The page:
A New Way of Seeing
Author: Leslie Vernick
It was a regular Sunday morning, my husband and I attended worship at our home church. Our senior pastor was on vacation so an associate pastor was preaching on Psalm 51, David’s prayer of repentance after Nathan the prophet confronted him with his sin against Bathsheba and her husband Uriah.
My pastor described the backdrop of what led up to Nathan’s confrontation with King David. He told about David’s adultery with Bathsheba
and how after Bathsheba became pregnant, David covered up their affair by having her husband, Uriah, put in the front lines of battle so he would be killed.
This was not the first time I felt sick after hearing David’s sin described as an adulterous affair. This may surprise some of you reading this right now but David’s relationship with Bathsheba was never mutual or consensual. It was not an affair. It is best described as David’s lustful craving coupled with an abuse of his power. David took Bathsheba to his bed because he could. He was the king. In the same vein, after Bathsheba told him she was pregnant, he misused his military authority when he ordered Bathsheba’s husband Uriah, to the front lines of battle to cover up his first sin (For the story read 2 Samuel 11 and 12).
When God’s prophet Nathan confronted David, he told him a story describing a rich and powerful man who selfishly used his power to take something from someone who was helpless to stop him. David felt outraged at such injustice. When Nathan told him, “You are that man,” David saw himself anew and his heart broke.
After church was over, I approached my pastor and said, “I know your sermon wasn’t primarily about David and Bathsheba but do you honestly believe Bathsheba had a choice?”
Surprise engulfed his entire face. Humbly he said, “I never thought of it that way.”
I went on to explain. Nathan defined David’s sin as an abuse of power, not of sexual misbehavior. Bathsheba is never held accountable because she was a victim, not a willing participant or mutual adulterer. (For God’s vindication of Bathsheba, see Christ’s genealogy in Matthew where it says David was the father of Solomon, whose mother had been Uriah’s wife. Vs 6).
Jesus knows that those with power are tempted to abuse that power to dominate and control other people. He saw the political leaders do it and the religious leaders do it and he sternly warned his disciples against this form of leadership.
He said, “You know that those who are regarded as rulers over the Gentiles lord it over them and their high officials exercise authority over them. Not so with you. Instead, whoever wants to become great among you must be your servant, and whoever wants to be first must be slave of all. For even the Son of Man did not come to be served, but to serve, and to give his life as a ransom for many” (Mark 10:41-46).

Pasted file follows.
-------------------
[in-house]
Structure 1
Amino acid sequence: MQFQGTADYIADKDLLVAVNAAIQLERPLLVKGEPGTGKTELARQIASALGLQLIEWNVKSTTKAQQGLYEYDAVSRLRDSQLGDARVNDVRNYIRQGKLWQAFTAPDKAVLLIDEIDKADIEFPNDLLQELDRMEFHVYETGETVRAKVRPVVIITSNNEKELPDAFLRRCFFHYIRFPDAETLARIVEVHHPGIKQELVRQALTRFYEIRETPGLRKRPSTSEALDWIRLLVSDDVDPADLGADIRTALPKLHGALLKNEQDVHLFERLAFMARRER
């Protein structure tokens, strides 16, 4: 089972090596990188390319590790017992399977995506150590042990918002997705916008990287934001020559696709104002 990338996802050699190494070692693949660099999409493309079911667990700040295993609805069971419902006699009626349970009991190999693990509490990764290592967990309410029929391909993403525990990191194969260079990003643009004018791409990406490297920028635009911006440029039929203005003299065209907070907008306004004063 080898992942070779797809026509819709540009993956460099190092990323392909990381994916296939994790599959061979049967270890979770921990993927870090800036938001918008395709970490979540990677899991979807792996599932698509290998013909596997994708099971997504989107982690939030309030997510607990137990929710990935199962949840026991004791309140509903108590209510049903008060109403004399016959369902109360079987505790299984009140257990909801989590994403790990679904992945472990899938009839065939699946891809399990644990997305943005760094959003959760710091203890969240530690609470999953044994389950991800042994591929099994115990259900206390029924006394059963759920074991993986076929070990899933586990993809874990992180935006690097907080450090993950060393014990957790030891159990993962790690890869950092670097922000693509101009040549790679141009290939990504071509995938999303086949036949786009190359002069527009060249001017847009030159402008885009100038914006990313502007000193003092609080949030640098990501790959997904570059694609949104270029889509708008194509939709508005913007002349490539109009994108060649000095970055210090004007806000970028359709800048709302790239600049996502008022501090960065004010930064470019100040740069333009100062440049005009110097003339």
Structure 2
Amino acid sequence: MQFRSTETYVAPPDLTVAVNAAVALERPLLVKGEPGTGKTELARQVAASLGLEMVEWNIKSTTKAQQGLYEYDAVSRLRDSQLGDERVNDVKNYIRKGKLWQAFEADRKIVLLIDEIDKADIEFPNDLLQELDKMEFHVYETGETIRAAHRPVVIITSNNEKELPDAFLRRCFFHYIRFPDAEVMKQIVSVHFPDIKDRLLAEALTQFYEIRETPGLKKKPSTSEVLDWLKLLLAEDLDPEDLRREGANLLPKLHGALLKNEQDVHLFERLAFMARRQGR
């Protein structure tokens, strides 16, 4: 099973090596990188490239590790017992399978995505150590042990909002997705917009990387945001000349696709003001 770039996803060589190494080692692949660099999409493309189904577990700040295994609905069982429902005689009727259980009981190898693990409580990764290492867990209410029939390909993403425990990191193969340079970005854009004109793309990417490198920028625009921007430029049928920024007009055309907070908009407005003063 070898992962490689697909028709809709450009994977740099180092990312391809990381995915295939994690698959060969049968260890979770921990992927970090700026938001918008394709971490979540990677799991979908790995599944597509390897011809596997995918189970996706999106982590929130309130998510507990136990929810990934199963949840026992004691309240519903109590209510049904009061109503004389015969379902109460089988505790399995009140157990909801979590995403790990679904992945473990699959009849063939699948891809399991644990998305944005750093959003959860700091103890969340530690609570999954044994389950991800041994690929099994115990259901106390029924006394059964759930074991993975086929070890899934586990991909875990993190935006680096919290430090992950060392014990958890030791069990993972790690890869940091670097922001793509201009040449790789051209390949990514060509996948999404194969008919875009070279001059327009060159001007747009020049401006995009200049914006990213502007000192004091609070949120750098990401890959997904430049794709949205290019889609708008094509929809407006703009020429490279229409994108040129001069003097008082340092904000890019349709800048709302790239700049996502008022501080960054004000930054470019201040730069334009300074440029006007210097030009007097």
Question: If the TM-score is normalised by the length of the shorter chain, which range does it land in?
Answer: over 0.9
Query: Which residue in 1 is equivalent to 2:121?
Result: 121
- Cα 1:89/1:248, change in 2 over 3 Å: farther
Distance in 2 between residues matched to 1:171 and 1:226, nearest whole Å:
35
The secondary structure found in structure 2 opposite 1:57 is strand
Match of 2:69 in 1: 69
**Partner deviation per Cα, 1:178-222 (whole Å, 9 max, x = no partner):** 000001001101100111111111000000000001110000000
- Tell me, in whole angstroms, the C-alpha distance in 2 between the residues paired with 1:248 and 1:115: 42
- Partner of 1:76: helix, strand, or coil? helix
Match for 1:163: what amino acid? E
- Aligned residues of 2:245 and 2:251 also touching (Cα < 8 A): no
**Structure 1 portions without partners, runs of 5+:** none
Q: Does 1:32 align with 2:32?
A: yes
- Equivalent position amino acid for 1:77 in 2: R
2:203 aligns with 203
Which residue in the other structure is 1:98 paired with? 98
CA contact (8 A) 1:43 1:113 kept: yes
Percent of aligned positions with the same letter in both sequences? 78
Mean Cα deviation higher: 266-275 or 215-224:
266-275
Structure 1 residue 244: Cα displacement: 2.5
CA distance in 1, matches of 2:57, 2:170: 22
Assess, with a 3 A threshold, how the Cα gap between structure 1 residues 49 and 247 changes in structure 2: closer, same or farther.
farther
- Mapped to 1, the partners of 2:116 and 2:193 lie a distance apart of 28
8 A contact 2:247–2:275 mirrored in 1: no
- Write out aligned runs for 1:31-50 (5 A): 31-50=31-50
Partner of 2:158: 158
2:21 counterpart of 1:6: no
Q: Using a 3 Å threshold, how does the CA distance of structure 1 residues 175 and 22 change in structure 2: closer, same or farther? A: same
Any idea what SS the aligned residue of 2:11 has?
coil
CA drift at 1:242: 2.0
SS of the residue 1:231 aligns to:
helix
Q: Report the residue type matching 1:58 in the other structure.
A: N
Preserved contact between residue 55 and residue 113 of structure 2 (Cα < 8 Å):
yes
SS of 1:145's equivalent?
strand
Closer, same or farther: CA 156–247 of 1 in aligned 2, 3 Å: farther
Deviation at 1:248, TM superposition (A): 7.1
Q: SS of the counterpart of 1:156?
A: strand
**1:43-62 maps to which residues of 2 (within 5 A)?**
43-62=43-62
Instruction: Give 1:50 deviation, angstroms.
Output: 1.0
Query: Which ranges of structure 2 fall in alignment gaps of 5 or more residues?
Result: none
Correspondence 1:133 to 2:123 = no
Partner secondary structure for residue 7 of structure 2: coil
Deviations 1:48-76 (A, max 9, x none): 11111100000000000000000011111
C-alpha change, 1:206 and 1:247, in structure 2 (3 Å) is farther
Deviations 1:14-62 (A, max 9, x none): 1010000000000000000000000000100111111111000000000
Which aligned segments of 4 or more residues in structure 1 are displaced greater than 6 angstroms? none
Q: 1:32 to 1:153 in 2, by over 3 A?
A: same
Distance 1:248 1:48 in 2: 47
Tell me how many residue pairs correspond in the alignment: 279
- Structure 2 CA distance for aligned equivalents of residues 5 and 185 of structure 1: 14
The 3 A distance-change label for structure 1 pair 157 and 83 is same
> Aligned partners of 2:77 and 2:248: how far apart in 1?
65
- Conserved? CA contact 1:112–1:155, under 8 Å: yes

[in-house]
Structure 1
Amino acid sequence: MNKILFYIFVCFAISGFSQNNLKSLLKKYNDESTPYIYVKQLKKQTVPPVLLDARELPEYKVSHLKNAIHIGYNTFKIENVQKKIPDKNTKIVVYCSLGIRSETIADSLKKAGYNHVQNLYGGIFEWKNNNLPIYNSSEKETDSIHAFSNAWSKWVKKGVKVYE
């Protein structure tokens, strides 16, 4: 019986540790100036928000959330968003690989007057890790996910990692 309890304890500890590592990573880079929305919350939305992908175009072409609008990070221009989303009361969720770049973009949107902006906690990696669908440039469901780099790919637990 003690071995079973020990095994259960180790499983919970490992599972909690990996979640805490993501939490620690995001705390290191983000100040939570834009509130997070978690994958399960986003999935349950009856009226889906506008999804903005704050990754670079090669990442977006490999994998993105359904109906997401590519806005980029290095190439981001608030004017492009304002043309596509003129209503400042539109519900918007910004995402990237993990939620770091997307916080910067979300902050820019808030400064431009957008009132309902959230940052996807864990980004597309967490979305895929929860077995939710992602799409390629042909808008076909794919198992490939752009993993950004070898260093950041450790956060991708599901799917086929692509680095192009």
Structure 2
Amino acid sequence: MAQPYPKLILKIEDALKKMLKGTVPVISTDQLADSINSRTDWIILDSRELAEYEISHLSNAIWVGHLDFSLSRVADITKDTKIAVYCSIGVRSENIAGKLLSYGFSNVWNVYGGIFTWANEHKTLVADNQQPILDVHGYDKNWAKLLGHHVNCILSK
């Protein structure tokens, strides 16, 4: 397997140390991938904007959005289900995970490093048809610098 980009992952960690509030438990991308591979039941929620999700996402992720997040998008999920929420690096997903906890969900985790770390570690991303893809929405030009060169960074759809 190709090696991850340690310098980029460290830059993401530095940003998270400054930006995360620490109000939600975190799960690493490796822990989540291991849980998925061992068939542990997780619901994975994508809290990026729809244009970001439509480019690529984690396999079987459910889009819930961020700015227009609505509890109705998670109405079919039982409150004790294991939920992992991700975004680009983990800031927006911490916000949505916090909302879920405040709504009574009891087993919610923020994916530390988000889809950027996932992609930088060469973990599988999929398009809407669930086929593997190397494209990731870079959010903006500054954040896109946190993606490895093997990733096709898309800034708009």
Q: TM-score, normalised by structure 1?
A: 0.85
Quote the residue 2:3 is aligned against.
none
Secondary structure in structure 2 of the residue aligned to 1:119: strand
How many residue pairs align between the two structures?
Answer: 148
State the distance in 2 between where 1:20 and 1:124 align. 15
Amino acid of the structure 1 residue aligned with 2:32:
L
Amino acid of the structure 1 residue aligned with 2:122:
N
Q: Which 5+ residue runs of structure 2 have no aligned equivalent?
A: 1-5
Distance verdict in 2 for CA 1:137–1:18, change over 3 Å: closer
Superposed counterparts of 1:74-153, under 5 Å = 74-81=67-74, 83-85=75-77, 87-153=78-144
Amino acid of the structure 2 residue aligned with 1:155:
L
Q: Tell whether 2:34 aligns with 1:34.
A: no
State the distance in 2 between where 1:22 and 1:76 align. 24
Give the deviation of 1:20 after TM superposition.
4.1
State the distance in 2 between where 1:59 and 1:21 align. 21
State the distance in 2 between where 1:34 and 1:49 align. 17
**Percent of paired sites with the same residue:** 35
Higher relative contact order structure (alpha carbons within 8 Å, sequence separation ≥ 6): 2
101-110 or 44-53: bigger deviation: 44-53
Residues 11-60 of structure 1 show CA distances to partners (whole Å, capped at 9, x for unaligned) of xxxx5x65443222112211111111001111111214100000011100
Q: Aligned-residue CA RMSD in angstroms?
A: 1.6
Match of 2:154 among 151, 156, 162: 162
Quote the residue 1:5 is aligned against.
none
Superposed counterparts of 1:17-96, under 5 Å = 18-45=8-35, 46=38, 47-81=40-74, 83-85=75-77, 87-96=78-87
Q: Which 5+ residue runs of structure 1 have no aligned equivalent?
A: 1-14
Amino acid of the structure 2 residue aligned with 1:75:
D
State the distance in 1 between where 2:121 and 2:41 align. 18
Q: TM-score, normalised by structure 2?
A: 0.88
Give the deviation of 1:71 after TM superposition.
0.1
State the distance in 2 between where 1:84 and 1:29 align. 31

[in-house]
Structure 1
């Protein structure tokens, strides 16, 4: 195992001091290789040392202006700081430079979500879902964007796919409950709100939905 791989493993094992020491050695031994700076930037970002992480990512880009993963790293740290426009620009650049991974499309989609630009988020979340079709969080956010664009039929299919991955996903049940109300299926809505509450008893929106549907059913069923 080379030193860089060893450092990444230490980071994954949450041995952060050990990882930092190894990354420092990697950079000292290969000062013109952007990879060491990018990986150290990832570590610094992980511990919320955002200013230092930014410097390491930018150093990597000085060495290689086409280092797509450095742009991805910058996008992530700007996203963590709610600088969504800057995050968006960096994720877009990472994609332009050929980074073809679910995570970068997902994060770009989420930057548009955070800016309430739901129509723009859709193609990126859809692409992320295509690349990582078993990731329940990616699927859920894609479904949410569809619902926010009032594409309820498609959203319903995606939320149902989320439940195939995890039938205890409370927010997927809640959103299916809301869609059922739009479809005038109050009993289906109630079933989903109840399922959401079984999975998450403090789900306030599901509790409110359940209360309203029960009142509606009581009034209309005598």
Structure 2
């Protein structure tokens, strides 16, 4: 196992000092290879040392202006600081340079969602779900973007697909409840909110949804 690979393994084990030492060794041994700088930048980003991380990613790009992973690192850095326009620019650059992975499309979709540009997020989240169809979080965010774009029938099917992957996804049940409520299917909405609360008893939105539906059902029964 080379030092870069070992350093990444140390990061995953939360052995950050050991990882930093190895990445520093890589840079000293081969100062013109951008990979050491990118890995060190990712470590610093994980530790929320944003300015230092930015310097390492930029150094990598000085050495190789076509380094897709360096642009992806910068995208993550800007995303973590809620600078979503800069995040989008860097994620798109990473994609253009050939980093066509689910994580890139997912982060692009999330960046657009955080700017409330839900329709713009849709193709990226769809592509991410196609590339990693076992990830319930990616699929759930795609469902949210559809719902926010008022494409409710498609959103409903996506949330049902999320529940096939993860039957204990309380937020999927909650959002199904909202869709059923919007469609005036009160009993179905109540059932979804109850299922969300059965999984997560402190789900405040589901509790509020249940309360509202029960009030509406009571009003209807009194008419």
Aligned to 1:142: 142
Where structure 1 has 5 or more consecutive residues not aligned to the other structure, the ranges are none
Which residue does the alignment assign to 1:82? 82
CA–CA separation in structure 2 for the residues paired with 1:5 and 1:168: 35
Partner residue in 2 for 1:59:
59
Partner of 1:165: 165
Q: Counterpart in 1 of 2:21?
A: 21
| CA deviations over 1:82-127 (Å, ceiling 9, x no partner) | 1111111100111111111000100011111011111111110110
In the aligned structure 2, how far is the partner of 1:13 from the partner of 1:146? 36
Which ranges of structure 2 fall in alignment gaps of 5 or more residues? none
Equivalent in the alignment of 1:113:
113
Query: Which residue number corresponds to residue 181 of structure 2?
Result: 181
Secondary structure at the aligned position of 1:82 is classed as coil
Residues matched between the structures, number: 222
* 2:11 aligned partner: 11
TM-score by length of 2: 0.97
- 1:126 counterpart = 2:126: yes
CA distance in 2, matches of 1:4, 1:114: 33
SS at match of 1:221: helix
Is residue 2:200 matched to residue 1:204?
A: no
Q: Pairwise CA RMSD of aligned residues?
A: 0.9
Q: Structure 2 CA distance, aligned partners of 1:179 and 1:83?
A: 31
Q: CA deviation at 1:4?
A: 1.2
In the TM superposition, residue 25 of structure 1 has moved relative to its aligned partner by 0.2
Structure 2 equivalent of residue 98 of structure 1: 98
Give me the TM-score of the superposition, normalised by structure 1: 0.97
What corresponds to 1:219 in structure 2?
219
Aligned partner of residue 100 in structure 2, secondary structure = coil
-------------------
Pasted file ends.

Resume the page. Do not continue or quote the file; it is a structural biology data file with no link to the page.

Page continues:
Biblical headship or leadership never entitles one to misuse his authority or position to get his own way, whether it is in a church, a company, a community, or in a family. These roles are given to us by God to humbly serve those individuals or groups that have been entrusted to our care, not to have our ego’s stroked or to bully others to get our own way.
If my seminary trained pastor had never thought about David’s sin as an abuse of power, perhaps there are some biblically trained counselors who don’t understand this problem very well either. At the heart of most domestic abuse is the sinful use of power to gain control over another individual. The weapons used are physical strength, outbursts of anger and verbal threats, emotional battering and intimidation, economic control, sexual pressure or domination, and/or spiritual one-upmanship. One person in the relationship seeks to control the other often using anger, money, and the scriptures.
Sadly I have seen many hurting individuals and families devastated by inadequate counsel in these situations simply because his or her counselor did not perceive the imbalance of power and control in the relationship. Instead of putting an axe to the root problem, he or she focused on making up a mutual sin list, conflict resolution, improved communication, or headship/ submission issues usually with disastrous results.
I’m going to be blogging more in the weeks ahead about the issue of domestic abuse and how we, as Christian counselors must begin to “see” what’s really going on as well as learn how to “competently counsel” people in these difficult and painful relationships.
Honestly ask yourself. How might you have counseled David and Bathsheba if they had come to you for marriage counseling? How you define the problem greatly impacts the direction of counseling you take.
Posted on January 10, 2011